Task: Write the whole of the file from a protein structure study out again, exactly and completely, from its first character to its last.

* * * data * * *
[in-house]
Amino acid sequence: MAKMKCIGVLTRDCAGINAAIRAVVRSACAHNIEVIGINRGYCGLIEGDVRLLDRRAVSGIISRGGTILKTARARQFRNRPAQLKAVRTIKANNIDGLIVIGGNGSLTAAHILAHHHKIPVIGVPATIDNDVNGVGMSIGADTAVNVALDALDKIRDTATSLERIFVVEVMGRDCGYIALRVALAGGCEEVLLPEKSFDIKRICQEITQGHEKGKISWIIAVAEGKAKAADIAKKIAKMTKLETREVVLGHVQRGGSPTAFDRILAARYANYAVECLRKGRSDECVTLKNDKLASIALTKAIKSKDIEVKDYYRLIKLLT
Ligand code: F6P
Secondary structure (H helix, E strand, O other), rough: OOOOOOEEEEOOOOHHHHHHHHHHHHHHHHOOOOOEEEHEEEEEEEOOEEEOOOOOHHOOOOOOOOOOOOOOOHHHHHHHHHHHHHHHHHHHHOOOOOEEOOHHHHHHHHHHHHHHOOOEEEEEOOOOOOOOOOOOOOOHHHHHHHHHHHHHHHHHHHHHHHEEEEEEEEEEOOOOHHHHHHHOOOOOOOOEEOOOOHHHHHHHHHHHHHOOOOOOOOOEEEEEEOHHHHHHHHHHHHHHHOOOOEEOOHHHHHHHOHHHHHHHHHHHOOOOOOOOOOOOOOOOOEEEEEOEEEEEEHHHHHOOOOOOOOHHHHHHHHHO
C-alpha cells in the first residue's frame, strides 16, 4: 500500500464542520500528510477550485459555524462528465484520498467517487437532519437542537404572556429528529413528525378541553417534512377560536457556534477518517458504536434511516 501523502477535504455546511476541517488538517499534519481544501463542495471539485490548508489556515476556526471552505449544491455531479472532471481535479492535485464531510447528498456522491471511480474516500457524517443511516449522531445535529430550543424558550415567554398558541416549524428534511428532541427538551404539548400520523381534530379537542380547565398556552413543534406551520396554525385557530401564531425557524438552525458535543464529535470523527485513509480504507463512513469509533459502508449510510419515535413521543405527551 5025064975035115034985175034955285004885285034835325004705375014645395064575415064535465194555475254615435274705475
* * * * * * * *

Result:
[in-house]
Amino acid sequence: MAKMKCIGVLTRDCAGINAAIRAVVRSACAHNIEVIGINRGYCGLIEGDVRLLDRRAVSGIISRGGTILKTARARQFRNRPAQLKAVRTIKANNIDGLIVIGGNGSLTAAHILAHHHKIPVIGVPATIDNDVNGVGMSIGADTAVNVALDALDKIRDTATSLERIFVVEVMGRDCGYIALRVALAGGCEEVLLPEKSFDIKRICQEITQGHEKGKISWIIAVAEGKAKAADIAKKIAKMTKLETREVVLGHVQRGGSPTAFDRILAARYANYAVECLRKGRSDECVTLKNDKLASIALTKAIKSKDIEVKDYYRLIKLLT
Ligand code: F6P
Secondary structure (H helix, E strand, O other), rough: OOOOOOEEEEOOOOHHHHHHHHHHHHHHHHOOOOOEEEHEEEEEEEOOEEEOOOOOHHOOOOOOOOOOOOOOOHHHHHHHHHHHHHHHHHHHHOOOOOEEOOHHHHHHHHHHHHHHOOOEEEEEOOOOOOOOOOOOOOOHHHHHHHHHHHHHHHHHHHHHHHEEEEEEEEEEOOOOHHHHHHHOOOOOOOOEEOOOOHHHHHHHHHHHHHOOOOOOOOOEEEEEEOHHHHHHHHHHHHHHHOOOOEEOOHHHHHHHOHHHHHHHHHHHOOOOOOOOOOOOOOOOOEEEEEOEEEEEEHHHHHOOOOOOOOHHHHHHHHHO
C-alpha cells in the first residue's frame, strides 16, 4: 500500500464542520500528510477550485459555524462528465484520498467517487437532519437542537404572556429528529413528525378541553417534512377560536457556534477518517458504536434511516 501523502477535504455546511476541517488538517499534519481544501463542495471539485490548508489556515476556526471552505449544491455531479472532471481535479492535485464531510447528498456522491471511480474516500457524517443511516449522531445535529430550543424558550415567554398558541416549524428534511428532541427538551404539548400520523381534530379537542380547565398556552413543534406551520396554525385557530401564531425557524438552525458535543464529535470523527485513509480504507463512513469509533459502508449510510419515535413521543405527551 5025064975035115034985175034955285004885285034835325004705375014645395064575415064535465194555475254615435274705475